The economic recession has been difficult on small businesses with tight budgets that are not getting as many customers, but still have the same costs without laying off workers and often even closing down facilities entirely. This means that the same businesses won’t have the extra income to rehire the workers they laid off. Businesses that are transitioning online rather than closing down may be hiring people again once a vaccine is widely available, but probably not the same people — they’re going to need a different skillset. People nearing retirement may be forced to retire early, as most businesses won’t want to hire someone who will only be working there a few years before retiring. All in all, a currently estimated 50% of jobs lost during COVID-19 will not be recovered, despite the estimate being 17% in April.
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Record-high unemployment since the Great Depression is worrying for people looking to buy a home. And it’s true that it’s very difficult to buy a home while unemployed, since lenders are are looking for stable income. Unemployment income is considered temporary income, which lenders aren’t going to look at. Even once you find a job again, lenders typically want two years of continuous employment. Gaps in employment older than two years don’t impact your chances of lending negatively, though, so that won’t be a concern in a long run.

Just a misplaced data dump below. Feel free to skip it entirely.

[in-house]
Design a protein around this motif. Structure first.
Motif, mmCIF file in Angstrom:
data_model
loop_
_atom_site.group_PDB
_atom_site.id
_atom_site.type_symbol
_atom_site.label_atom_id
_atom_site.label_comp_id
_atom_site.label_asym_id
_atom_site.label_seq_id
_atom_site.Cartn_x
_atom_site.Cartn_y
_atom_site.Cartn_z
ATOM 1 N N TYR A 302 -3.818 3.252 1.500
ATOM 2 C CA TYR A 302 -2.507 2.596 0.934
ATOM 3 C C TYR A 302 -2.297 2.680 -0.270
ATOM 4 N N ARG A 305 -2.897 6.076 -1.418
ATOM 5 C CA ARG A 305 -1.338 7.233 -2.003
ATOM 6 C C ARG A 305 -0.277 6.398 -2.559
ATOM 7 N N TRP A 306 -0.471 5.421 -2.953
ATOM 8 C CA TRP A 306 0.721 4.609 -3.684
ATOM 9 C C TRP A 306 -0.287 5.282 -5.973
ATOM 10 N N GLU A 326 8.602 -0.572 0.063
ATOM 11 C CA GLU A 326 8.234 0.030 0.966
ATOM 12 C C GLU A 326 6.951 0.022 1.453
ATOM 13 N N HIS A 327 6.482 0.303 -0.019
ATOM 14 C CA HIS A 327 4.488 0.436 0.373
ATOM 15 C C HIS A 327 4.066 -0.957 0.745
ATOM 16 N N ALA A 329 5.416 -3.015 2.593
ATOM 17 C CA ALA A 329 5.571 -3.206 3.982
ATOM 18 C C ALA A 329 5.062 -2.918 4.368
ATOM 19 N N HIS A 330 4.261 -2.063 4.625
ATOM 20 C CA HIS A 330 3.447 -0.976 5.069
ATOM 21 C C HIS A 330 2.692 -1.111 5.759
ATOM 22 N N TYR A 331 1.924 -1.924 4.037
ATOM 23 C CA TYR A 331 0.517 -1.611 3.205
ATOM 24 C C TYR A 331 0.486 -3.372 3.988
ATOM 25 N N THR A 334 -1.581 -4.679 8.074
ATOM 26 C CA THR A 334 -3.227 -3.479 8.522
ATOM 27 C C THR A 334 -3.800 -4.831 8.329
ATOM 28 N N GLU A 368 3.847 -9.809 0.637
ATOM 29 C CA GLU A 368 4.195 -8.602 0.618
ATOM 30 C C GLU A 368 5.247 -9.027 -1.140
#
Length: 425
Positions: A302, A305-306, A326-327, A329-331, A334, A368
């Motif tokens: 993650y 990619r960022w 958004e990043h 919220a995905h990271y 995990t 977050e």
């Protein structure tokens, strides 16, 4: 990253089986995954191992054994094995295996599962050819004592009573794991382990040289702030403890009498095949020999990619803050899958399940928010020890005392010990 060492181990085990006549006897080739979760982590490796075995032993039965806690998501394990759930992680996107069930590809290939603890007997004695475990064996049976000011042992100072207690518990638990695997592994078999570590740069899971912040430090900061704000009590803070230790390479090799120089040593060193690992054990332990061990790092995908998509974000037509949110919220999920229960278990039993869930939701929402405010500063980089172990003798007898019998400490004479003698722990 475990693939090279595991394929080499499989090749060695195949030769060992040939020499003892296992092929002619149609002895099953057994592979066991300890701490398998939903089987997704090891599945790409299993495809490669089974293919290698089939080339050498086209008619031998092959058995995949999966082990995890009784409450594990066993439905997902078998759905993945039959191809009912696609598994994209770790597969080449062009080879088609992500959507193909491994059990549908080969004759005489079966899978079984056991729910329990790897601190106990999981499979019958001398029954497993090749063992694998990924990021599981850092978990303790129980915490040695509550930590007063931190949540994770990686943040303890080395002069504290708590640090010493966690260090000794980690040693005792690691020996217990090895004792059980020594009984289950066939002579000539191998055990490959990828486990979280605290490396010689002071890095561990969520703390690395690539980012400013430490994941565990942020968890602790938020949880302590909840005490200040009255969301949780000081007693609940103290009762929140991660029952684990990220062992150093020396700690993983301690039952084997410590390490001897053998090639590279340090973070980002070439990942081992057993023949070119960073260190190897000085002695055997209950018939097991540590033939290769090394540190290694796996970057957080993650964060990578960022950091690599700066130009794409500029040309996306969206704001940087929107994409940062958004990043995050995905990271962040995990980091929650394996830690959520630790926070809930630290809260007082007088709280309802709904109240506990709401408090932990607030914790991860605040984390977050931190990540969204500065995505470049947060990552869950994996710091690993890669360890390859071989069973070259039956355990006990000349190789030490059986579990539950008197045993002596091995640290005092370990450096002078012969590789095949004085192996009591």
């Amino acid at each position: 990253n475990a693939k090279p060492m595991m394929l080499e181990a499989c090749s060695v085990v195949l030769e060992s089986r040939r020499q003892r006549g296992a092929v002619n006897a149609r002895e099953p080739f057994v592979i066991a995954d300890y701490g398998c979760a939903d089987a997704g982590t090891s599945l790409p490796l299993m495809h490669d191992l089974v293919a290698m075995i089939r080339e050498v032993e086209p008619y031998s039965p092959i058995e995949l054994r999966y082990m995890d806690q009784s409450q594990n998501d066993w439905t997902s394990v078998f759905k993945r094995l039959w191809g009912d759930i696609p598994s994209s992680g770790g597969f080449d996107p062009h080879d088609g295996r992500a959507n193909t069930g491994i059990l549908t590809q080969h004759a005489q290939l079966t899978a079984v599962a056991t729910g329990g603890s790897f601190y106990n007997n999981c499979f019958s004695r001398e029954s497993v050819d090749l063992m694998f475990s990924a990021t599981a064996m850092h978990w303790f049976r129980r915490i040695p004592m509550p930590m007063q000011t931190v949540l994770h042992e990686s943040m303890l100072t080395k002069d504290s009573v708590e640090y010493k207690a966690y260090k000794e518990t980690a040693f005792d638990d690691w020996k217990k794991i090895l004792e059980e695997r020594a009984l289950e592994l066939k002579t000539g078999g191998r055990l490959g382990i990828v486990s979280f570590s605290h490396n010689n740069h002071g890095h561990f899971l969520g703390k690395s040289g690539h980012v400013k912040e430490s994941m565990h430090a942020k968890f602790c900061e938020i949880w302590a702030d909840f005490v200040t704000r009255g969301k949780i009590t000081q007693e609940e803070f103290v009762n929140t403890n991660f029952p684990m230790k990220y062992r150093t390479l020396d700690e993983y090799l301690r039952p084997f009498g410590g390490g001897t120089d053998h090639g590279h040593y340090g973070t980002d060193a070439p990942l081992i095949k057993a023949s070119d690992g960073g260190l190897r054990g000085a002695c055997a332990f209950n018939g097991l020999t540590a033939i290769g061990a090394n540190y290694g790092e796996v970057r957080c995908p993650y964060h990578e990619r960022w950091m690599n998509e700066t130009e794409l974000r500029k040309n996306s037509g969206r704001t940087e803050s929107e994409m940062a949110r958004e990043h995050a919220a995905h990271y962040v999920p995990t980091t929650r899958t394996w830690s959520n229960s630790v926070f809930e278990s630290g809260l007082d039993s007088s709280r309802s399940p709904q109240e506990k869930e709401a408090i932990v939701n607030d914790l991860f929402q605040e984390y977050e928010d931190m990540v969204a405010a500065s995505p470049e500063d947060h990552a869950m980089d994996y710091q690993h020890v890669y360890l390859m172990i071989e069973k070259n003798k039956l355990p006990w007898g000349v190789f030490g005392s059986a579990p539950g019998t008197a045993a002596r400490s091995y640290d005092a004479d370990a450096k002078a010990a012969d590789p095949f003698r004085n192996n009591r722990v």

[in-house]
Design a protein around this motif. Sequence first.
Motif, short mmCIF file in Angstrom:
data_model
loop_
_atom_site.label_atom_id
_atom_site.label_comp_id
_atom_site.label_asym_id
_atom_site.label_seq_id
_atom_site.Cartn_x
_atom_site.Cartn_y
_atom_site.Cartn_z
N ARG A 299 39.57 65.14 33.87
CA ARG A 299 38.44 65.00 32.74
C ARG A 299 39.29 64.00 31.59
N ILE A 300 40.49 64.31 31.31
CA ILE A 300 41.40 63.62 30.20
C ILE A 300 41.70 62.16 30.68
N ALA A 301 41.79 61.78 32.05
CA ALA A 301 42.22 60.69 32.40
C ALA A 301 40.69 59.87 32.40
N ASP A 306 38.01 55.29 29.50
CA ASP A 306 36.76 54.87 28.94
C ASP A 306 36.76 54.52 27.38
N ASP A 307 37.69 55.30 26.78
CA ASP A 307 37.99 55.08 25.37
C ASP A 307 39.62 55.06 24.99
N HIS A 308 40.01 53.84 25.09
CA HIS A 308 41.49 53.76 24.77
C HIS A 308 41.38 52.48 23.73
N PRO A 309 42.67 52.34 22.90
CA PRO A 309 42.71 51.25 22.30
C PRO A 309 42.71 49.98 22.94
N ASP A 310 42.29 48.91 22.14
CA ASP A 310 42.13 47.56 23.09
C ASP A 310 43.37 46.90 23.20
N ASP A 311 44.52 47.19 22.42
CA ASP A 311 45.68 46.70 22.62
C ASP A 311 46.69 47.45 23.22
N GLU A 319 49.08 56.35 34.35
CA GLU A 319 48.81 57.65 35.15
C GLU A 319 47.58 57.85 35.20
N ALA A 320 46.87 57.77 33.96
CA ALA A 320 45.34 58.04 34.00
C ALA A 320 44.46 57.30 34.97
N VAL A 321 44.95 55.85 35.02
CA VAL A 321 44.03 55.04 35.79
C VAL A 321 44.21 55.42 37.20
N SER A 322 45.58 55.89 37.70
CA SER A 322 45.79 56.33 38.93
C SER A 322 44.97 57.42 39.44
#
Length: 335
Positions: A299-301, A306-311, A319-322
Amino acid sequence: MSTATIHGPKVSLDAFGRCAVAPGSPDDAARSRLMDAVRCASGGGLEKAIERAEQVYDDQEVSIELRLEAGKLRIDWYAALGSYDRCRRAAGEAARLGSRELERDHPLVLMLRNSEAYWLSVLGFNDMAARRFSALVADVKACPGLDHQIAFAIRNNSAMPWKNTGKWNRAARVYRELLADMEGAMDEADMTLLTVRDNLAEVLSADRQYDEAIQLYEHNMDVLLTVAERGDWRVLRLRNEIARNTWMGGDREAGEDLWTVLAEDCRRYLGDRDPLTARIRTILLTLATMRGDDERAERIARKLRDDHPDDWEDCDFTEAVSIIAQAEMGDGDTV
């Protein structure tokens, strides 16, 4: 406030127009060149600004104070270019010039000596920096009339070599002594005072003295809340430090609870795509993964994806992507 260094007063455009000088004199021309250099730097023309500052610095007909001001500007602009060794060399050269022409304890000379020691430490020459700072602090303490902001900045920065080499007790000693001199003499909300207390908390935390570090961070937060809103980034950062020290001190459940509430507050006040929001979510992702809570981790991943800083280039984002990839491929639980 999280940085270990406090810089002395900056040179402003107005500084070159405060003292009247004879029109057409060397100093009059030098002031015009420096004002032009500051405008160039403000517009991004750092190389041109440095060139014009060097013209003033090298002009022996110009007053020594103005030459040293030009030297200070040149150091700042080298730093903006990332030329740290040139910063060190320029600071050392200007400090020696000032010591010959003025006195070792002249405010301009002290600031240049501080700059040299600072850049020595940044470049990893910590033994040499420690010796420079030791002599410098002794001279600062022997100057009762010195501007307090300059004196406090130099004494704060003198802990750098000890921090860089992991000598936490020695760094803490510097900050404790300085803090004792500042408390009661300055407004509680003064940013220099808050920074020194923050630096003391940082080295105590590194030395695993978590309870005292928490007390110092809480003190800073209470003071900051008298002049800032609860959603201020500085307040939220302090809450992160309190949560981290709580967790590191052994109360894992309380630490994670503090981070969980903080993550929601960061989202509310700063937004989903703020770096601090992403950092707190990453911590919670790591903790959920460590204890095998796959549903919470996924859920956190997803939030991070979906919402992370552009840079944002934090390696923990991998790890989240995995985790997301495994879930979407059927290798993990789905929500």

Another problem is that lack of income could put a strain on your credit score. While you will eventually become employed again, changes to your credit score can be much harder to erase. In order to maximize your chances of getting a loan in the future, you should do as much as you can, starting now, to keep your credit score intact. Always make minimum payments if possible. Ask your landlord and credit companies about other payment plans, deferment, or forbearance. Cut back on unnecessary spending. The good news is that even if your credit score does take a dive, once you’ve settled the debts and start to rebuild your credit, it shouldn’t take too long to get your credit score back up — roughly six months to year, meaning you may have already recovered your credit before lenders will consider your employment to be stable.